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My other computer is a Cray

Fact: The annual ACM Gordon Bell Prize is about to be awarded at “SuperComputing 08” (or SC08) which takes place November 15-21 at the Austin Convention Center in Texas. The convention is “the” international conference for high-performance computing, networking, storage, and analysis. The Association for Computing Machinery makes the Bell award “to recognize outstanding achievement in high-performance computing,” in honor of Microsoft’s legendary Gordon Bell, one of the pioneers of supercomputing.

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Comparing Apple and Microsoft as Platforms for Developers

I missed October’s Professional Developers Conference (PDC) in Los Angeles this year because of a couple of other conferences and meetings in other cities. But of course I was happy to see the coverage in the technology press and blogs, so much of it positive about our announcement on Windows Azure and the Azure Services Platform.

Then I read Joe Wilcox over on his “Apple Watch” blog at eWeek, on “What Apple Needs to Know about Azure, Windows 7.” It’s striking in its conclusions, particularly coming from a longtime Apple watcher:

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Lucky 7, as in Windows 7

When there’s neat stuff nearing release, it’s both professionally fulfilling but also no fun being a Microsoft employee, because you’re (rightly) constrained from blogging about some of the cool technology being cooked up in MSR or in advanced development labs among the product groups.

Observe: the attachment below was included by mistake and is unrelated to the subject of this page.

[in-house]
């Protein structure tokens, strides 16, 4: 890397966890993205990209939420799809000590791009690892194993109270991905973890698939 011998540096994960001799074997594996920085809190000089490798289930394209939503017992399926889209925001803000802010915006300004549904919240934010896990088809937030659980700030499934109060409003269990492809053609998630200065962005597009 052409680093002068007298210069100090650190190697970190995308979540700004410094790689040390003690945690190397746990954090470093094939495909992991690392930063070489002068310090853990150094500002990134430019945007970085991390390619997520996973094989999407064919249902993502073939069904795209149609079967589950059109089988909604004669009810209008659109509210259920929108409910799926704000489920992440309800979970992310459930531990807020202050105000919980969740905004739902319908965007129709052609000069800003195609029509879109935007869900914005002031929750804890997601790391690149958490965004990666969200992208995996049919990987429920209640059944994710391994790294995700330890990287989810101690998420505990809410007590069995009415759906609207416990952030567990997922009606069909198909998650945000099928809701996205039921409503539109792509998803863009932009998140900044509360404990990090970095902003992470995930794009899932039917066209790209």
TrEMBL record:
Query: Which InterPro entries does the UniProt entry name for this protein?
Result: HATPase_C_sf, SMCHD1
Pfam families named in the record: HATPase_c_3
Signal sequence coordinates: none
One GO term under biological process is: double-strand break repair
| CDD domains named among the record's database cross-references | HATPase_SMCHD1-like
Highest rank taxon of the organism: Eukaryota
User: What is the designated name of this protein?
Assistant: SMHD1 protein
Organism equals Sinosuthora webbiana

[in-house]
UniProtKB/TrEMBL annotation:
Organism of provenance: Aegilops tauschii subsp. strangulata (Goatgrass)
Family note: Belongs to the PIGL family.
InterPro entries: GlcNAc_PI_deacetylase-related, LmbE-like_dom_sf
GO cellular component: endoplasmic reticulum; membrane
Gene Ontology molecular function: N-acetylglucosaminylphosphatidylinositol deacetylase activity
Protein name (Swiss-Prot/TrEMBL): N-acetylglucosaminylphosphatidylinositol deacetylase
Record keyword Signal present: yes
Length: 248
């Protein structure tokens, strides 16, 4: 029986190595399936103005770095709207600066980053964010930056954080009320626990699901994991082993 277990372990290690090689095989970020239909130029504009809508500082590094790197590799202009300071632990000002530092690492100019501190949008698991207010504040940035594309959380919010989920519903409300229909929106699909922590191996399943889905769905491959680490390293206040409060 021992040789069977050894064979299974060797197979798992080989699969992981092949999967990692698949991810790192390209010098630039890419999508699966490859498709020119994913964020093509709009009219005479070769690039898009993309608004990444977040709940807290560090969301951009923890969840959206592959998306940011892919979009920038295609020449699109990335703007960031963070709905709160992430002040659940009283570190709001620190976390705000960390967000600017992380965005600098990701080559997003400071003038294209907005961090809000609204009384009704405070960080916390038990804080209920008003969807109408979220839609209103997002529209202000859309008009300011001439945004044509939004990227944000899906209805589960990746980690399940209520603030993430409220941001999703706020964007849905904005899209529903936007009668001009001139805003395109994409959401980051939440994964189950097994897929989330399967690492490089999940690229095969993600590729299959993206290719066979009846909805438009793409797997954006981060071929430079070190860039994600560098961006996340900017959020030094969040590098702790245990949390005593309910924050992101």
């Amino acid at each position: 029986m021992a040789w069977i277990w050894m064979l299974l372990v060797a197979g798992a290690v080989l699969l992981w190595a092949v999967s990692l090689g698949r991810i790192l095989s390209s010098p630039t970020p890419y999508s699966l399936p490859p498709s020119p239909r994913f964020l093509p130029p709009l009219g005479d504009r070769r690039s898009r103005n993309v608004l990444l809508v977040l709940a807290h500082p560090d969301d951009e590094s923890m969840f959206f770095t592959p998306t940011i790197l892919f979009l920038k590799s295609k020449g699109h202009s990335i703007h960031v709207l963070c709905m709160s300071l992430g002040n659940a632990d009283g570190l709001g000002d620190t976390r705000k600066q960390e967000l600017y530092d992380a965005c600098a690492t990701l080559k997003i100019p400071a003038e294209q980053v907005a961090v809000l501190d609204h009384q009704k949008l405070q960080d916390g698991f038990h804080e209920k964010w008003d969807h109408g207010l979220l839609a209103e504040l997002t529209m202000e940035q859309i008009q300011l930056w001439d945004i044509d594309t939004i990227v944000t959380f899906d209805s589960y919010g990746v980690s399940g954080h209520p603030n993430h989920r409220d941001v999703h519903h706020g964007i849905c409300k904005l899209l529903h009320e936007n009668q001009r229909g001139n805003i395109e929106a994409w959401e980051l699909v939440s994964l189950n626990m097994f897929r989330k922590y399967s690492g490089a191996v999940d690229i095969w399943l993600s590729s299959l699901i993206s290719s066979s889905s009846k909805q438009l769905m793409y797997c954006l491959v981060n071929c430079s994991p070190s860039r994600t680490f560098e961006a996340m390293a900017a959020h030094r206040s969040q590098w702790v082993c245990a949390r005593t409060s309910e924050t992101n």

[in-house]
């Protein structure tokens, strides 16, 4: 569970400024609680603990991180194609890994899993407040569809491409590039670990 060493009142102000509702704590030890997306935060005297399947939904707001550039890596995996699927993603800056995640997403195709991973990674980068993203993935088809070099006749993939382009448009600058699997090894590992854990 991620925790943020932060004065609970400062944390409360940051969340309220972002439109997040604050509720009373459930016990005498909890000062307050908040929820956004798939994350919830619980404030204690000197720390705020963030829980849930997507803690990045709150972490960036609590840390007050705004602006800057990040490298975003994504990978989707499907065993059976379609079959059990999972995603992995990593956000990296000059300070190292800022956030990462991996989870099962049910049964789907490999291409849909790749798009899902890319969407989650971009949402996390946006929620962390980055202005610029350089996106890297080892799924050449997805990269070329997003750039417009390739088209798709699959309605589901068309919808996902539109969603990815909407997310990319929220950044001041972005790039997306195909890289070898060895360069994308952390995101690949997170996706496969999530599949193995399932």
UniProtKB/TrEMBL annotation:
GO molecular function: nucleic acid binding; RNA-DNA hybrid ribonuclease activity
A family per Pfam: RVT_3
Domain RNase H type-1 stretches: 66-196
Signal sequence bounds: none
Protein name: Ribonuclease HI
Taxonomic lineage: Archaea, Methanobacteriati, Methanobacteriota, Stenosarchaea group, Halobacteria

It means that I wind up passing along links to open stories in the media written by outsiders who wind up getting an early story (mostly) right, through good solid reporting and insightful addition skills, i.e. 2+2=4.

I faced that several months ago when Live Mesh was in the batter’s circle, before its public announcement; I wrote what I could because I was so impressed with the technology and approach, as were the reviews after its unveiling.  Before, I wrote this post among others; and after the announcement I wrote this one

Same scenario now, with “Windows 7.”  You don’t have long to wait (October 27) for the public announcement, but if you’re curious about some of the technical approaches, there are several generally reliable bloggers already writing about “technical details” of the multi-touch, parallel-processing, and cloud-services S+S integration points in the new release. A couple of good quick examples are Mary Jo Foley, “Windows 7 to Get Parallel Processing Tweaks” (she’s not as snarky as usual) and TechRadar’s “Seven Things You Need to Know about Windows 7“).

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Amazon and Microsoft Intersect in the Cloud

So today Werner Vogels, the much admired CTO of Amazon, has a post over at “All Things Distributed” which directly exemplifies his blog’s subtitle (“building scalable and robust distributed systems“).  The post is “Expanding the Cloud” and describes today’s announcement that Microsoft Windows Server is available on Amazon EC2. As he sums it up, “We can now run the majority of popular software systems in the cloud.”